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Nowhere Man

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Nowhere Man

Another day of sunshine and rain, rapids and rolling on the muddy Green River is behind us. We sit in a circle on a beach in Desolation Canyon with guitars and glasses of whiskey and wine, playing the songs we know. Emanuel “Manu” Tellier strums and sings, “He’s a real nowhere man, knows not where he’s going to, isn’t he a bit like you and me?” “A bit like Everett Ruess, no?” Manu says to no one.

A bit like Everett Ruess, yes.

Everett Ruess
Everett with his dog, Curly and fully-packed burro. photo: Special collections, J. willard Marriott Library, the University of Utah

Ruess, a young artist/wanderer who disappeared into the southern Utah desert wilderness 85 years ago still haunts the imagination of writers, filmmakers, artists and wanderers young and old. Last August, Ken Sanders, owner of Ken Sanders Rare Books, and French journalist/musician/filmmaker Emmanuel Tellier organized a raft trip down the Green River—“Down the River with Everett Ruess and Friends” to celebrate the Escalante premiere of Tellier’s film, Le Disparition d’Everett Ruess and a screening at Moab Star Hall.

Days and nights on the river were filled with references to Ruess, discussions of his work and readings of his poems, music composed and played by Tellier and violinist songwriter Kate MacLeod, all inspired by Ruess’s enigmatic life, passion for the wilderness and mysterious disappearance in 1934.

Utah’s dean of letters, Wallace Stegner, wrote about Everett Ruess in his book Mormon Country—Stegner called Ruess, “a spiritual and artistic athlete who die[d] young.” He was “one of the few who died—if he died—with the dream intact.” Gonzo environmentalist Edward Abbey wrote “A Sonnet For Everett Ruess” writing, “You knew the crazy lust to probe the heart of that which has no heart that we could know.” In Into the Wild, the book Jon Krakauer wrote about young Chris MacCandless who abandoned civilization to discover himself in the wilderness, the author quotes from Ruess’s letters, saying they could have been written by McCandless: “The beauty of this country is becoming part of me. I feel more detached from life and somehow gentler. I have always been unsatisfied with life as most people live it. Always I want to live more intensely and richly.”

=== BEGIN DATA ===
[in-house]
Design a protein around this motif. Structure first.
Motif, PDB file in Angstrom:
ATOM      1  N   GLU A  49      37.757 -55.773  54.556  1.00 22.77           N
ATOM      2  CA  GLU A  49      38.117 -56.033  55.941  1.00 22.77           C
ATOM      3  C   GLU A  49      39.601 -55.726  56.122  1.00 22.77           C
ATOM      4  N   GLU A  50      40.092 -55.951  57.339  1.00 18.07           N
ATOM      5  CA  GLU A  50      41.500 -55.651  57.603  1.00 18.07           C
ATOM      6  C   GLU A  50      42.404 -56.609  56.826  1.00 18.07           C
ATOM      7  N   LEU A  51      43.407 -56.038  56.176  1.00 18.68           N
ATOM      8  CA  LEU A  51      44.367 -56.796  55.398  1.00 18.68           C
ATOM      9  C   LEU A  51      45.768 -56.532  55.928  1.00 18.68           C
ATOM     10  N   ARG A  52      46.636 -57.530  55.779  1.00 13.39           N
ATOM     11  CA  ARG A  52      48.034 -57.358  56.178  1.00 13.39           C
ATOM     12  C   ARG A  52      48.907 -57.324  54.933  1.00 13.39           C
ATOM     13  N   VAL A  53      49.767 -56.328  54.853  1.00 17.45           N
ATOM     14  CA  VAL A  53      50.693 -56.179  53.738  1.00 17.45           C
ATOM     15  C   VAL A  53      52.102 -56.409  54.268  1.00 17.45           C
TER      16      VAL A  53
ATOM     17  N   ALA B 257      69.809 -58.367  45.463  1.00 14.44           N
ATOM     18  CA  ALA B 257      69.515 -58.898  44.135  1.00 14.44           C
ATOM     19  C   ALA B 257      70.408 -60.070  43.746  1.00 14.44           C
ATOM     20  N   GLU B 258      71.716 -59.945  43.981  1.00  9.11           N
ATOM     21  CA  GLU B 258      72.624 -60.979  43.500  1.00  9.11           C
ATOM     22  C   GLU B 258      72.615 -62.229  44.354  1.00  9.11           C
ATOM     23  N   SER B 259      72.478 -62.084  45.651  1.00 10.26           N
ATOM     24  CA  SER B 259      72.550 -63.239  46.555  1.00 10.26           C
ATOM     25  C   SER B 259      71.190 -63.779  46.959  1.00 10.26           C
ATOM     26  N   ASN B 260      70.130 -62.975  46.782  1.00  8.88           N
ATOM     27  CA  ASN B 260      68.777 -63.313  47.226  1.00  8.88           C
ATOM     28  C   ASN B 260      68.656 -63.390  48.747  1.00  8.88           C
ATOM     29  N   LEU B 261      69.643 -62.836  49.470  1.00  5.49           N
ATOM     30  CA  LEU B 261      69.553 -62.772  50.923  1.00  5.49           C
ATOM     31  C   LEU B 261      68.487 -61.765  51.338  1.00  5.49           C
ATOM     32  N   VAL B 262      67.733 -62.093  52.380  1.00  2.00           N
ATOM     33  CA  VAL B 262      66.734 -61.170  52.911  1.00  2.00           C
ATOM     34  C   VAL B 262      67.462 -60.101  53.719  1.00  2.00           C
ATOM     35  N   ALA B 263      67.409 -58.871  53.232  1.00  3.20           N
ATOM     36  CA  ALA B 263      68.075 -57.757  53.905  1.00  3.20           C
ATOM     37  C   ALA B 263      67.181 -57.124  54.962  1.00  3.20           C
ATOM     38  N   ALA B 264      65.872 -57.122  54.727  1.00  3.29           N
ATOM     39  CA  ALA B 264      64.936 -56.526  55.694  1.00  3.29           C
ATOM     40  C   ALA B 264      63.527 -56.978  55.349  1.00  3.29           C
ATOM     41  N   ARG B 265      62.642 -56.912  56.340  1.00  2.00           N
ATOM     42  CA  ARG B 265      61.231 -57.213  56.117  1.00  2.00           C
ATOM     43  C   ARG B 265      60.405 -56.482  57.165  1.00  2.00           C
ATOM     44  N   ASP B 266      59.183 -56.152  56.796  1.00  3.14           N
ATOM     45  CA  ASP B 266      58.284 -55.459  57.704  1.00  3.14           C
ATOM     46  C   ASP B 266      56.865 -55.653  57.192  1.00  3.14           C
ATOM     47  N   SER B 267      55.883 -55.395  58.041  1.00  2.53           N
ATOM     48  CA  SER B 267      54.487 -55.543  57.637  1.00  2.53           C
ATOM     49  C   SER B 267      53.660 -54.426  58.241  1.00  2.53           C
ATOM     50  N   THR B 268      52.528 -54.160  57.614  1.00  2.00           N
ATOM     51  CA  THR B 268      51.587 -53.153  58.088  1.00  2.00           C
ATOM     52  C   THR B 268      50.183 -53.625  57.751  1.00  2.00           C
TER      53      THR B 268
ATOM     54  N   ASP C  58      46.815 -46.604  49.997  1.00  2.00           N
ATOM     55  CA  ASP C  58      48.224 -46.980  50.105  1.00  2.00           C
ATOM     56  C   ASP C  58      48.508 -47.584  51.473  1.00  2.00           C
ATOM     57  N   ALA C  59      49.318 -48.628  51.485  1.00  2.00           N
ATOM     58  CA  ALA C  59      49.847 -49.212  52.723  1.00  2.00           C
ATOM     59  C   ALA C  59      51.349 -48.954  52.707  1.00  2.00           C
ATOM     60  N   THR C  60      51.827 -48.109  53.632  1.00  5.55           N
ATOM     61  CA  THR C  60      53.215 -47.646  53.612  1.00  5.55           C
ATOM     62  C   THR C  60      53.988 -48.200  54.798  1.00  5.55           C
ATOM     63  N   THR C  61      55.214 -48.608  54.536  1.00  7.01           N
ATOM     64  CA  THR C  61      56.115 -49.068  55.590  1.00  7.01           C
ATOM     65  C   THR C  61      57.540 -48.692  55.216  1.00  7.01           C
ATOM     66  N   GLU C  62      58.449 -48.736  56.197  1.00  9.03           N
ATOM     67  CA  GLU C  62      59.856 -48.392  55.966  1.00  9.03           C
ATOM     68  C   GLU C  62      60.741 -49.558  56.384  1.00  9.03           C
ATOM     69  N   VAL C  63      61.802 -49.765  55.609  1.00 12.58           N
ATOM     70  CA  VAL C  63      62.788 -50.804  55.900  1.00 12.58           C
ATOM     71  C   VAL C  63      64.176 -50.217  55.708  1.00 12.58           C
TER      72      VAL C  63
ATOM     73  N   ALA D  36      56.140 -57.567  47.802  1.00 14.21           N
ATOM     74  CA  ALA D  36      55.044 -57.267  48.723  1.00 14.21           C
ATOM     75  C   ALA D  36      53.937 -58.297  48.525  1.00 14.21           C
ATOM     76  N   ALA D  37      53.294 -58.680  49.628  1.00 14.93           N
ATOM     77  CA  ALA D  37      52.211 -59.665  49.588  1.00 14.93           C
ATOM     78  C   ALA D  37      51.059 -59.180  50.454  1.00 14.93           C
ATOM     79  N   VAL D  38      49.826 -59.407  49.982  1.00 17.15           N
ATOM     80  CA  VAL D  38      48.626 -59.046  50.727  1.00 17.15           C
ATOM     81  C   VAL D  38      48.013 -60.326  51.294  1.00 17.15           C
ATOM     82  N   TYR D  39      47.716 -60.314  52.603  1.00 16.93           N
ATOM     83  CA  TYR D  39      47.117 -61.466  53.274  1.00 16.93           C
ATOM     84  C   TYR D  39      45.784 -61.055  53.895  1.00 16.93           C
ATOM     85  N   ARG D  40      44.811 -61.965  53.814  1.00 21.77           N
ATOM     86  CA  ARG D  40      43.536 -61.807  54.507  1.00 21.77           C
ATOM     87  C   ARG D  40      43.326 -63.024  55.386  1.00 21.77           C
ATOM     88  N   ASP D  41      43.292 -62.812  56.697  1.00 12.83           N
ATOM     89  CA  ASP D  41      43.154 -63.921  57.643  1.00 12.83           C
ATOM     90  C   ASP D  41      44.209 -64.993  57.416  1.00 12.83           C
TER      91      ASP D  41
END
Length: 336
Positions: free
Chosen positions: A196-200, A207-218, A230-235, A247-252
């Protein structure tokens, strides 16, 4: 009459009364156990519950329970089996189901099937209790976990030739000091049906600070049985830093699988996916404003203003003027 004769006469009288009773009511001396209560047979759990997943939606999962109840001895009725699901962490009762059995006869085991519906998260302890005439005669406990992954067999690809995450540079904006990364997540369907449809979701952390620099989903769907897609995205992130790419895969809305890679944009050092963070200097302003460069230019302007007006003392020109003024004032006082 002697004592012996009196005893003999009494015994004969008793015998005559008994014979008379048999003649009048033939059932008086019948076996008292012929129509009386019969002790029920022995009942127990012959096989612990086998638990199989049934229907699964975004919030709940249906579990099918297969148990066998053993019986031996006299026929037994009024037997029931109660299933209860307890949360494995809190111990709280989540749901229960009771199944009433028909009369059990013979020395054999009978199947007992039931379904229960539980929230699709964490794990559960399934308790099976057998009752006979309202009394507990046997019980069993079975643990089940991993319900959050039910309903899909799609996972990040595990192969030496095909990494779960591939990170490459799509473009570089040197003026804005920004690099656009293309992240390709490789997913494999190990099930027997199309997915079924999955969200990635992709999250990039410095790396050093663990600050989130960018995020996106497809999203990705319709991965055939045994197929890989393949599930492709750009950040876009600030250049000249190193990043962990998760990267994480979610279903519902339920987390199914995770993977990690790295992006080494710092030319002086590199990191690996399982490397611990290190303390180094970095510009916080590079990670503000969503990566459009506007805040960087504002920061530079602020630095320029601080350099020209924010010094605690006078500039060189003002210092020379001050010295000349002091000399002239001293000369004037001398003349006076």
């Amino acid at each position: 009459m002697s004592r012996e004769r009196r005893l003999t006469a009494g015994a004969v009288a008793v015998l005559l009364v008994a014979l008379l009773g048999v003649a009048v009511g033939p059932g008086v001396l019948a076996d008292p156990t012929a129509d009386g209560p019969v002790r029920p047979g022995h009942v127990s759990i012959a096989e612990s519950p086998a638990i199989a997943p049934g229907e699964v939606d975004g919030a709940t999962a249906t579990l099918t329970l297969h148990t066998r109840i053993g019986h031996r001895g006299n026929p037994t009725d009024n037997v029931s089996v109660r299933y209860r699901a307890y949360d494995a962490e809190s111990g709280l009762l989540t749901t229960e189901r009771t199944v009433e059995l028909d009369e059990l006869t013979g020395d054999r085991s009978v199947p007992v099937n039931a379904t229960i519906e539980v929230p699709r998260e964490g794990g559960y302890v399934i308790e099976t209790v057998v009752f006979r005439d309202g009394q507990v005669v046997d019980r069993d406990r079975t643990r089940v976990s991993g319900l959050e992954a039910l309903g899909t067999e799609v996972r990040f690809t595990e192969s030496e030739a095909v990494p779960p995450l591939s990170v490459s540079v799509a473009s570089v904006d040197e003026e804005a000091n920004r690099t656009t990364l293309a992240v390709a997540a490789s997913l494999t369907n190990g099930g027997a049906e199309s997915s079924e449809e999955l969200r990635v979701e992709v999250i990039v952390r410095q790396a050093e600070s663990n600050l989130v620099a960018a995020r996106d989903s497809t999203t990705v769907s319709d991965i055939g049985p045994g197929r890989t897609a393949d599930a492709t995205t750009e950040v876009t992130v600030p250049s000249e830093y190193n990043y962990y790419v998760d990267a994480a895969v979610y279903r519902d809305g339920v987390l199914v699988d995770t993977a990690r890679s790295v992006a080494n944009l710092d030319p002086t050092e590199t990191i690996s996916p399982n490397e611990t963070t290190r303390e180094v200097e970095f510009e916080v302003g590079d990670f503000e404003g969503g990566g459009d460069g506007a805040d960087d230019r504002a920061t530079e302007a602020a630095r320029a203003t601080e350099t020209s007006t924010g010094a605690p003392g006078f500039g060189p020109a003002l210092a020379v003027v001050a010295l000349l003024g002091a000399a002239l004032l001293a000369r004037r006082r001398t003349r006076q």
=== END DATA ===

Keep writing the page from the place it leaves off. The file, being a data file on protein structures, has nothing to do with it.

The story of Everett Ruess has haunted the Western imagination for generations and it still does.

The Family

Everett Ruess
Everett’s early attempts at clay sculpting—influenced by his artistic mother—no doubt. Image Courtesy: Special Collections, J. Willard Marriott Library, the University of Utah

Everett Ruess was born in Oakland, California on March 28, 1914, to Christopher Ruess, a Unitarian minister, and his artistic wife, Stella. He had an older brother, Waldo. The family moved often when Everett was young and ended up settling in Los Angeles. Ken Sanders, who advised Tellier on the new film, says, “Ruess was always a precocious artist, writing and drawing when he was a child—extremely observant, as you can tell from his letters.” Ruess corresponded with his family throughout his short life, describing his life and travels, exploring his thoughts and explaining the reasons for his way of life. He took his first road trip when he was 16, hitchhiking through Yosemite and the Sierras before returning to finish high school. Then he took off again.

Except for a semester at UCLA, Ruess never attended college, but began wandering the West, traveling with burros and horses through the Sierras and the high deserts of the Colorado plateau in Arizona, New Mexico, Utah and Colorado. He searched out ancient Indian ruins and petroglyphs, learned to speak Navajo and took part in Hopi ceremonies. He worked intermittently on ranches and with archaeologists, he sold a few prints, but despite his expressed scorn for regular employment, he depended mostly on his parents for support.

The Friends

Everett Ruess
On his journey, Everett acquired many friends, and obviously was well-liked by dogs. Image Courtesy: Special Collections, J. Willard Marriott Library, the University of Utah

For awhile in the early 1930s, Ruess lived in San Francisco, befriending artists like Ansel Adams, Maynard Dixon and his wife Dorothea Lange. In Big Sur, he met photographer Edward Weston. The older artists mentored him, encouraging him in his work and his wanderlust. In his wanderings he befriended Indians, sheepherders and rancher Pat Jenks, who met Reuss along a road in 1931. The artist was worn-out, the burros were tired—Jenks loaded the whole sad caravan into his truck and Reuss stayed at his Deerwater Ranch for a month or so before taking to the road again. There are a number of encounters like this recorded in Reuss’s letters—chance meetings, brief employment and fleeting but memorable friendships that all ended with Reuss on the road again with his donkeys and his dog, Curly. Reuss never wrote a book, he wrote poems and he was a prolific letter-writer. Later, these were gathered and published by Peregrine Smith Books in a book called Everett Ruess: A Vagabond for Beauty.